In fact, when we are introduced into a project at the latter stages it is often difficult to produce fire engineered solutions that do not have adverse impact on other services.  Sometimes, unfortunately, the features we have to introduce into a project can be both costly and problematic.  For example, if late in the design, possibly following consultation with the approving authorities it is discovered that there are areas of non compliance, additional fire precautions (often termed compensation features) may have to be introduced.  Whilst not necessarily the case, often the more serious problems require complex solutions.  Should the area of non compliance relate to life safety concerns, e.g. means of escape, then the compensation features will be fundamental to the overall design and are likely to have an increased level of impact.  Features that may be required to justify non compliances related to life safety include suppression systems (commonly sprinklers), smoke control and possibly pressurisation.  Enhancement to existing proposed features such as the automatic fire detection system is also likely to be considered, depending on the nature of the problem.  These features may be the only solutions to given problems, but create significant problems for other disciplines.  If the non compliances are discovered late on in the project, introducing new or major fire precautions will be costly as well as impacting on programme and the overall design.  Often, the late introduction of sprinklers will be structurally difficult due to the significant ‘new’ loading of a sprinkler tank often at roof level.  Similarly, pressurisation causes mechanical and electrical engineers significant problems in retrospective design.  These features are commonly difficult architecturally.  Finding space for additional plant and vent shafts always presents a challenge and may have an impact on planning, requiring additional consultation.

Approvals process

Using the services of a fire engineer often has positive implications on the approvals process.  LWF strive to ensure that the approving authorities are constantly informed of the project and the fire engineering proposals.  All complex fire engineered solutions are agreed with the authorities in principle prior to full engineering assessment, this prevents any abortive work and false expectations.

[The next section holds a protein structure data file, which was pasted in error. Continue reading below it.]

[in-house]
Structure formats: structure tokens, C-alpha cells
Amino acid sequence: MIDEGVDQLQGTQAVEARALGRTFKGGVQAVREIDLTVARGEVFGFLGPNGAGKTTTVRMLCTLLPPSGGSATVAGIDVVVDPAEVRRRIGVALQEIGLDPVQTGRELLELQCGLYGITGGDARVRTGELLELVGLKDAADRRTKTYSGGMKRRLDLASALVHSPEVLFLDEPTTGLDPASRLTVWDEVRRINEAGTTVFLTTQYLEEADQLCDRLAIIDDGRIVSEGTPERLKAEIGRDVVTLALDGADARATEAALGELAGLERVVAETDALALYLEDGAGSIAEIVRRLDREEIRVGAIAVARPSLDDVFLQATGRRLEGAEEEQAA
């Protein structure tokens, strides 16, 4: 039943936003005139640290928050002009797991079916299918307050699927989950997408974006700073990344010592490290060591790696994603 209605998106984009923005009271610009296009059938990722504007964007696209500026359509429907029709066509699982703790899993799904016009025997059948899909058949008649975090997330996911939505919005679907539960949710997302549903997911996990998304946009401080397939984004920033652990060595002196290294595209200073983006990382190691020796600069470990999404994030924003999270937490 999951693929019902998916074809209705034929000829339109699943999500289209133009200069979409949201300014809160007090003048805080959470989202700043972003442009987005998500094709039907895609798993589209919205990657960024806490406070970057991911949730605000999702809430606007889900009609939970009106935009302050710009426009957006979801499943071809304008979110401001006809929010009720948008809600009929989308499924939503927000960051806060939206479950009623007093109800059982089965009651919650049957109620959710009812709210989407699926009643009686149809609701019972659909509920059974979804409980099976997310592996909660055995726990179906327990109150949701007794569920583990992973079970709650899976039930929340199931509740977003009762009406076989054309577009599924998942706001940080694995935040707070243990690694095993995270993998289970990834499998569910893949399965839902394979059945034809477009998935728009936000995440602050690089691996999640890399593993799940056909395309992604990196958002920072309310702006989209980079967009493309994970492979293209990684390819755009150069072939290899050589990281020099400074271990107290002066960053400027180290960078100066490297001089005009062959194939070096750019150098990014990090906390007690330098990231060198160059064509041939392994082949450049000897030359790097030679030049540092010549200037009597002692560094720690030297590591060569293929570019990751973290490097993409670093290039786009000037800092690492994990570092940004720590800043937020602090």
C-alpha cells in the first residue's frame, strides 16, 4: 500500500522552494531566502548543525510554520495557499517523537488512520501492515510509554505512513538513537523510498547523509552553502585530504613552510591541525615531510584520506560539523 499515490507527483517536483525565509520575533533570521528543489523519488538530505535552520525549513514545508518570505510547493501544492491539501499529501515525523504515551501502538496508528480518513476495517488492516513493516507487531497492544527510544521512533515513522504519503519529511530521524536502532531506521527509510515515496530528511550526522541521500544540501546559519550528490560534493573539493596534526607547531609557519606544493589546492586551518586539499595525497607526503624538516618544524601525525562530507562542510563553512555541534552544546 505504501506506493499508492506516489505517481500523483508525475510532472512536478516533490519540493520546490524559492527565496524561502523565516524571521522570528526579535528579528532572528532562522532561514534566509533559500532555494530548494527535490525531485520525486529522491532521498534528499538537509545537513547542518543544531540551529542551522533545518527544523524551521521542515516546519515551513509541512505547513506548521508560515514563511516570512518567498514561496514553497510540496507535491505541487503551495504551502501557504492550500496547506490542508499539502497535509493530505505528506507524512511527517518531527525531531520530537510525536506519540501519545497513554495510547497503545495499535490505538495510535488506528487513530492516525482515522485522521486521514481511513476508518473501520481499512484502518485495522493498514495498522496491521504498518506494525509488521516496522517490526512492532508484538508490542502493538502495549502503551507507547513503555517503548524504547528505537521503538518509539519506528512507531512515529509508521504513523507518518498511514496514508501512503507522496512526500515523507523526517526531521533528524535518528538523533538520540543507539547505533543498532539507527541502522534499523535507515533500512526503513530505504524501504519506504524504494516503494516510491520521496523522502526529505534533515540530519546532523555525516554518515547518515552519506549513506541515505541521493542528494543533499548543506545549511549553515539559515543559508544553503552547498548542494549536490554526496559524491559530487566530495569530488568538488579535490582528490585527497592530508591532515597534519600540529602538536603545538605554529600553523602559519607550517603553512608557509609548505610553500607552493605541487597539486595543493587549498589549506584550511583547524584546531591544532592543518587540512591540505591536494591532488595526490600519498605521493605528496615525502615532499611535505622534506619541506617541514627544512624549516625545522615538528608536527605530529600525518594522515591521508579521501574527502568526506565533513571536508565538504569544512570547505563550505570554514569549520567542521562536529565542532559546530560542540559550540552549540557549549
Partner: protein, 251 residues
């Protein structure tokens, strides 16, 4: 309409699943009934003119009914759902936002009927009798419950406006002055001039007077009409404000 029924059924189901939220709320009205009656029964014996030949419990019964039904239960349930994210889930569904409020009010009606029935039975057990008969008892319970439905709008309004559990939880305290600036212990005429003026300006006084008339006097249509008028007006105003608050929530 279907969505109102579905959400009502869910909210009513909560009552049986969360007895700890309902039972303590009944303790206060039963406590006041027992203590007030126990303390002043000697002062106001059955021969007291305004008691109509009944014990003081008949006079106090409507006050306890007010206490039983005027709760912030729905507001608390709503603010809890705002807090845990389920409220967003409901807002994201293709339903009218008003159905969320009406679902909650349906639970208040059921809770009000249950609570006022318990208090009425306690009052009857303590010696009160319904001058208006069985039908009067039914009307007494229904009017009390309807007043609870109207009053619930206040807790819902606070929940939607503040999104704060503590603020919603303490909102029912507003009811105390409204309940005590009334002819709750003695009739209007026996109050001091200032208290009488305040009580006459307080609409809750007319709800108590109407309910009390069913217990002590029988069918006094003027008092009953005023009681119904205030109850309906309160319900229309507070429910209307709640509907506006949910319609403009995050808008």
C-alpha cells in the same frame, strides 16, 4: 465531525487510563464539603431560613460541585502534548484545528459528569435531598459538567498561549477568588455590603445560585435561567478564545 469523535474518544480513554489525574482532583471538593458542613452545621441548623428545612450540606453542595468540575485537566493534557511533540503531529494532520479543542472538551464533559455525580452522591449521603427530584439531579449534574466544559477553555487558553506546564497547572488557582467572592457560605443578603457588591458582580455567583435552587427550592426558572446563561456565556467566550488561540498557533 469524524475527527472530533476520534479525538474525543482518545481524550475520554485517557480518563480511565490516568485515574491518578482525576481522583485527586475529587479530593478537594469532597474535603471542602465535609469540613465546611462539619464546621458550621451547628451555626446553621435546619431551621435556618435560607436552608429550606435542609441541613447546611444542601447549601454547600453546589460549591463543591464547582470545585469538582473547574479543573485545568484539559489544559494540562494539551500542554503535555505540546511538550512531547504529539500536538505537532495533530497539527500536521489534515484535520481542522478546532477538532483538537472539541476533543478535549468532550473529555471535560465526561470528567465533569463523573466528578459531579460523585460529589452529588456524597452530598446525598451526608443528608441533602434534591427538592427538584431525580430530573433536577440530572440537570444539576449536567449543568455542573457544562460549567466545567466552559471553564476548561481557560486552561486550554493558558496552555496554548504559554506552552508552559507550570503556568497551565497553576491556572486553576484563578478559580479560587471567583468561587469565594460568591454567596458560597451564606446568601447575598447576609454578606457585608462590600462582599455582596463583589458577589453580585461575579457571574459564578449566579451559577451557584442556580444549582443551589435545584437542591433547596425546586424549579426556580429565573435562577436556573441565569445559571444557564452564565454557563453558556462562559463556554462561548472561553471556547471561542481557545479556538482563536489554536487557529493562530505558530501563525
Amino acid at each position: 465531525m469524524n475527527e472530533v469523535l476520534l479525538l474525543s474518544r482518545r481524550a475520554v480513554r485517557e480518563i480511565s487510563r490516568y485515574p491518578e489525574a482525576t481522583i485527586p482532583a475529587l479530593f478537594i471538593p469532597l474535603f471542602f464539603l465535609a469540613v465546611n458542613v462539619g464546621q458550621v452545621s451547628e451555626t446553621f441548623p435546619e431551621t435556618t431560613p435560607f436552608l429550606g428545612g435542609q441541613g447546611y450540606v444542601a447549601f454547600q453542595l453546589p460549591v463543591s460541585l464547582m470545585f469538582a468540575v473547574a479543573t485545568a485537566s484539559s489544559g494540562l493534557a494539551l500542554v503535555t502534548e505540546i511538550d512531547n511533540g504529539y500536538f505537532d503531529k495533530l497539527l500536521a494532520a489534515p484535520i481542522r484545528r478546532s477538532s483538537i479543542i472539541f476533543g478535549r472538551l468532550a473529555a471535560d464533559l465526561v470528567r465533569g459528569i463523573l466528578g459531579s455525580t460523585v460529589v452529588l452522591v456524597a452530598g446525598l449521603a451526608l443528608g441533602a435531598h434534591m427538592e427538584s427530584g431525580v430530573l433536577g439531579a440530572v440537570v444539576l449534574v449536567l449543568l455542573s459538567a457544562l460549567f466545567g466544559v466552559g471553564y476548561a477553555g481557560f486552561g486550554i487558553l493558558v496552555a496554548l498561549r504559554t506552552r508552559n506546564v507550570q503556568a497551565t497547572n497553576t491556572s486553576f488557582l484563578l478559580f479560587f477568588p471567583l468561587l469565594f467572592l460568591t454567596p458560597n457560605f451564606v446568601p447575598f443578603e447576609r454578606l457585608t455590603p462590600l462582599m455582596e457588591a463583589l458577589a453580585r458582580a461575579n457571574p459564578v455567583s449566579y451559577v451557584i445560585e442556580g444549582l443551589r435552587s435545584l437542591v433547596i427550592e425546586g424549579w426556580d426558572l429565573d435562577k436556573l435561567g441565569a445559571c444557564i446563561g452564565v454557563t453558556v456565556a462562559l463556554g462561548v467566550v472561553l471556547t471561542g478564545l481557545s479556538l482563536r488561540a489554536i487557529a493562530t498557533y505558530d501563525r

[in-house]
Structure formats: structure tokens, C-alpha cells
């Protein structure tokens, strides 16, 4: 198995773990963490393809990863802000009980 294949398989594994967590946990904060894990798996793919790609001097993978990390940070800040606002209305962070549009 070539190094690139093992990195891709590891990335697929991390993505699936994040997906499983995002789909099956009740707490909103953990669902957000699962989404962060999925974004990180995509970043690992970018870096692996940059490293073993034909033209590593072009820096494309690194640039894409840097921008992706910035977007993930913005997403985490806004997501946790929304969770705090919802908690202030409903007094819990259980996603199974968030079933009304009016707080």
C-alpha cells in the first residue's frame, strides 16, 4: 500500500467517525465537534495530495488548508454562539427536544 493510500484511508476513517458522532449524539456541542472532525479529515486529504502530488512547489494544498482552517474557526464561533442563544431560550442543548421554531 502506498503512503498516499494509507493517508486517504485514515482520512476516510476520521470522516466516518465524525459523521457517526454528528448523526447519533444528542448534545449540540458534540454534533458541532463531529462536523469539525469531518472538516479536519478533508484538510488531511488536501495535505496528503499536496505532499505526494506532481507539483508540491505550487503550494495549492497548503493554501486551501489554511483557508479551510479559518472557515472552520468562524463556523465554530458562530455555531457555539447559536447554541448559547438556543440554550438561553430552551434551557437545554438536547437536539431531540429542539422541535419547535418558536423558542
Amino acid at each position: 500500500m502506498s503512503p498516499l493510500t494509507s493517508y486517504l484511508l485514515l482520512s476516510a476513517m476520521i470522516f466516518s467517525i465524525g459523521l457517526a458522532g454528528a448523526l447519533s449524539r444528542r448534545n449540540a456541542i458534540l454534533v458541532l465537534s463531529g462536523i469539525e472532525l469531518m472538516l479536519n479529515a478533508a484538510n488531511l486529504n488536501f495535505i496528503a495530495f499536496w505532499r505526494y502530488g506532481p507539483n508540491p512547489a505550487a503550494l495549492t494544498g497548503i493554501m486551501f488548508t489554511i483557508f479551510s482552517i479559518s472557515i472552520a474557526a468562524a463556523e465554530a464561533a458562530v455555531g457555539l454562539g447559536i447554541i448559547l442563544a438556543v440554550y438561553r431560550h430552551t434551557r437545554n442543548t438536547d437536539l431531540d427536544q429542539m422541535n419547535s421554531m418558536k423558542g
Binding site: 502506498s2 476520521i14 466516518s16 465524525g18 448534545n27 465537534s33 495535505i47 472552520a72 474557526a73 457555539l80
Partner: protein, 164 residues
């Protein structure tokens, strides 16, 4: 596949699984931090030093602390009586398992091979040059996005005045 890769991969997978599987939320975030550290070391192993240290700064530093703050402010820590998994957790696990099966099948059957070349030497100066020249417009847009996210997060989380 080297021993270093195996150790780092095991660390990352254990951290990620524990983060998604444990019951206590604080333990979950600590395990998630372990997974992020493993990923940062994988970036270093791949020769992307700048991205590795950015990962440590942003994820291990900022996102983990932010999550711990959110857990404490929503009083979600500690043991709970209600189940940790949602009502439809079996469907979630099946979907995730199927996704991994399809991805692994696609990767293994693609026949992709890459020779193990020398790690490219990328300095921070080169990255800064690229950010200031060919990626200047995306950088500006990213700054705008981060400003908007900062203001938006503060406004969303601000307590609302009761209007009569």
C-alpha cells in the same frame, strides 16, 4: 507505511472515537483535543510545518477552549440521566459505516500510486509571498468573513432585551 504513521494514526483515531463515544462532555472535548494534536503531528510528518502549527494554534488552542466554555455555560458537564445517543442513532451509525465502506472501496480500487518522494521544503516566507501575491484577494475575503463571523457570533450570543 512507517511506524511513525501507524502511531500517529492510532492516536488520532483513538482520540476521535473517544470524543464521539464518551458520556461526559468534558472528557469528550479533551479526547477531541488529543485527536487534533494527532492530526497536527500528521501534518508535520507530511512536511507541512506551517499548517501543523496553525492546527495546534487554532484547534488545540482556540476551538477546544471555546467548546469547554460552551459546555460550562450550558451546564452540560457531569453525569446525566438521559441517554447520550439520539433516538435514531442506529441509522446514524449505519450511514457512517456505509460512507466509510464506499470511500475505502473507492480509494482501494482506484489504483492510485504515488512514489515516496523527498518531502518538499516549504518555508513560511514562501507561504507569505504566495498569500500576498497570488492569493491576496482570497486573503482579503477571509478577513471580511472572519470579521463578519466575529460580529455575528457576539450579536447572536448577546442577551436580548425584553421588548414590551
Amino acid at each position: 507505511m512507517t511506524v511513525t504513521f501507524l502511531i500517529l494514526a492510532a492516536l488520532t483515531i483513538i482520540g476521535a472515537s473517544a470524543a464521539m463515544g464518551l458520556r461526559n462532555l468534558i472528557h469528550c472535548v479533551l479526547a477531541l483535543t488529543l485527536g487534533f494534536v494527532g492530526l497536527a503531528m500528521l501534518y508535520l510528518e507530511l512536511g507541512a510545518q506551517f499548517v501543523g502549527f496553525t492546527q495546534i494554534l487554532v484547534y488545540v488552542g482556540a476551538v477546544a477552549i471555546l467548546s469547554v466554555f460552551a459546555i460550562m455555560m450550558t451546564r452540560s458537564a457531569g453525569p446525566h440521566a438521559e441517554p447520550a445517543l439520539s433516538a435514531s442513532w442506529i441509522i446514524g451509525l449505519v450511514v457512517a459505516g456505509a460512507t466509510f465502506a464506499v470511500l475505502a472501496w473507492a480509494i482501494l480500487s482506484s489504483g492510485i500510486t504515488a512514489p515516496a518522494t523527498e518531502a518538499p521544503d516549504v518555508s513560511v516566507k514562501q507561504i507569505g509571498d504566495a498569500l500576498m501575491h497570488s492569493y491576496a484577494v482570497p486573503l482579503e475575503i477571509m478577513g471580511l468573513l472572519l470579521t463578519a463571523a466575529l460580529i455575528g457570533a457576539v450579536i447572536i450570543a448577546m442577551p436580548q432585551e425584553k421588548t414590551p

Fire engineering reports should always clearly state areas of non compliance and give full justification of solutions.  This logical procedure demonstrates to any approving authority that the design has been appraised fully and non compliances are highlighted.  Non compliances in themselves do not pose a problem provided that sound justification is provided and any proposed solution continues to meet with the primary objectives.


Fire engineering is constantly evolving, embracing technology and experience.  Fire engineering should not be seen as a method of reducing fire precautions, but getting the right fire precautions for the building.

Our experience has shown, that utilising the services of a competent fire engineer can bring numerous benefits to a project, including design flexibility, uncomplicated approvals and cost savings.  

The LWF Bulletin is designed to give general information on fire safety risk management.  Readers should take specific advice when dealing with particular situations.  LWF accept no responsibility for action taken as a result of information contained in the document.  The information in this document is correct at the time and date of the publication.